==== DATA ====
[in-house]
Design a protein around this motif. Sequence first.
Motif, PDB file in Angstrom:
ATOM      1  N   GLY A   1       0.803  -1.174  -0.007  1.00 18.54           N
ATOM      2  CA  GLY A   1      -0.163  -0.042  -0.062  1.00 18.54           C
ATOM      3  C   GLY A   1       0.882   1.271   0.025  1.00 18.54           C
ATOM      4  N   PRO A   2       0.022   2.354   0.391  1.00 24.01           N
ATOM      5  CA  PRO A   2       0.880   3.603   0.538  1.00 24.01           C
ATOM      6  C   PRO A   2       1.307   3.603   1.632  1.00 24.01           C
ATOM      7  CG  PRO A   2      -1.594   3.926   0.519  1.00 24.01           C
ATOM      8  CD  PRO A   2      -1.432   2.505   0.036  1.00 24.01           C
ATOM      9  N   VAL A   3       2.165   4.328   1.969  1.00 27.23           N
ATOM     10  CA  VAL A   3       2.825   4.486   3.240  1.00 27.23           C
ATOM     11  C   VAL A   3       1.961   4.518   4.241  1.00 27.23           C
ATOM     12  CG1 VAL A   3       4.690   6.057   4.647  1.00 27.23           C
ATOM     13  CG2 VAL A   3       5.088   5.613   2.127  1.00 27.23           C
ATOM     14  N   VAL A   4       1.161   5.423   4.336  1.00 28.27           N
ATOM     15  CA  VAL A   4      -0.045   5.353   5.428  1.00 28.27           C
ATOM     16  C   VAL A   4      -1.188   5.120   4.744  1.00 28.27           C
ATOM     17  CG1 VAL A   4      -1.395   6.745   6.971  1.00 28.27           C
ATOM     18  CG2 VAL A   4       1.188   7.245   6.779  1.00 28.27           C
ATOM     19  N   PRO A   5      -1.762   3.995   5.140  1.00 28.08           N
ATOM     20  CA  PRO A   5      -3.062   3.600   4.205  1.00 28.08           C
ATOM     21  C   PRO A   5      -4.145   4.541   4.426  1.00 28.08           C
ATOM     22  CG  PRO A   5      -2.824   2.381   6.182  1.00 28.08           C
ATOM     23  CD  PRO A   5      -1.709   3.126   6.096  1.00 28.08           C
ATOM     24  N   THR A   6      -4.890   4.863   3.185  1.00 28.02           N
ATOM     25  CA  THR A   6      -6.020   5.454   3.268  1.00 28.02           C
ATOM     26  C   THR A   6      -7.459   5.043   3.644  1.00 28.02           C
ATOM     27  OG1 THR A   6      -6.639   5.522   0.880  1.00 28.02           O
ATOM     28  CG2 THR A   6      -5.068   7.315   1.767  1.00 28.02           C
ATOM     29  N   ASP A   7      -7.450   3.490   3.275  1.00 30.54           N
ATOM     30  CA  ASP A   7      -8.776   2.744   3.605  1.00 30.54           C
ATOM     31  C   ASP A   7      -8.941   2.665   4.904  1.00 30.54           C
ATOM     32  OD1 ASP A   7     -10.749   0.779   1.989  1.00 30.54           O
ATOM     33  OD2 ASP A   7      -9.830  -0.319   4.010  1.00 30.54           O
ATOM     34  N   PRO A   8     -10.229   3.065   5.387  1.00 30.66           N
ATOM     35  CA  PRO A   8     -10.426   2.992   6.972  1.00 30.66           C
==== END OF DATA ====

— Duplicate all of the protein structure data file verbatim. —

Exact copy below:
[in-house]
Design a protein around this motif. Sequence first.
Motif, PDB file in Angstrom:
ATOM      1  N   GLY A   1       0.803  -1.174  -0.007  1.00 18.54           N
ATOM      2  CA  GLY A   1      -0.163  -0.042  -0.062  1.00 18.54           C
ATOM      3  C   GLY A   1       0.882   1.271   0.025  1.00 18.54           C
ATOM      4  N   PRO A   2       0.022   2.354   0.391  1.00 24.01           N
ATOM      5  CA  PRO A   2       0.880   3.603   0.538  1.00 24.01           C
ATOM      6  C   PRO A   2       1.307   3.603   1.632  1.00 24.01           C
ATOM      7  CG  PRO A   2      -1.594   3.926   0.519  1.00 24.01           C
ATOM      8  CD  PRO A   2      -1.432   2.505   0.036  1.00 24.01           C
ATOM      9  N   VAL A   3       2.165   4.328   1.969  1.00 27.23           N
ATOM     10  CA  VAL A   3       2.825   4.486   3.240  1.00 27.23           C
ATOM     11  C   VAL A   3       1.961   4.518   4.241  1.00 27.23           C
ATOM     12  CG1 VAL A   3       4.690   6.057   4.647  1.00 27.23           C
ATOM     13  CG2 VAL A   3       5.088   5.613   2.127  1.00 27.23           C
ATOM     14  N   VAL A   4       1.161   5.423   4.336  1.00 28.27           N
ATOM     15  CA  VAL A   4      -0.045   5.353   5.428  1.00 28.27           C
ATOM     16  C   VAL A   4      -1.188   5.120   4.744  1.00 28.27           C
ATOM     17  CG1 VAL A   4      -1.395   6.745   6.971  1.00 28.27           C
ATOM     18  CG2 VAL A   4       1.188   7.245   6.779  1.00 28.27           C
ATOM     19  N   PRO A   5      -1.762   3.995   5.140  1.00 28.08           N
ATOM     20  CA  PRO A   5      -3.062   3.600   4.205  1.00 28.08           C
ATOM     21  C   PRO A   5      -4.145   4.541   4.426  1.00 28.08           C
ATOM     22  CG  PRO A   5      -2.824   2.381   6.182  1.00 28.08           C
ATOM     23  CD  PRO A   5      -1.709   3.126   6.096  1.00 28.08           C
ATOM     24  N   THR A   6      -4.890   4.863   3.185  1.00 28.02           N
ATOM     25  CA  THR A   6      -6.020   5.454   3.268  1.00 28.02           C
ATOM     26  C   THR A   6      -7.459   5.043   3.644  1.00 28.02           C
ATOM     27  OG1 THR A   6      -6.639   5.522   0.880  1.00 28.02           O
ATOM     28  CG2 THR A   6      -5.068   7.315   1.767  1.00 28.02           C
ATOM     29  N   ASP A   7      -7.450   3.490   3.275  1.00 30.54           N
ATOM     30  CA  ASP A   7      -8.776   2.744   3.605  1.00 30.54           C
ATOM     31  C   ASP A   7      -8.941   2.665   4.904  1.00 30.54           C
ATOM     32  OD1 ASP A   7     -10.749   0.779   1.989  1.00 30.54           O
ATOM     33  OD2 ASP A   7      -9.830  -0.319   4.010  1.00 30.54           O
ATOM     34  N   PRO A   8     -10.229   3.065   5.387  1.00 30.66           N
ATOM     35  CA  PRO A   8     -10.426   2.992   6.972  1.00 30.66           C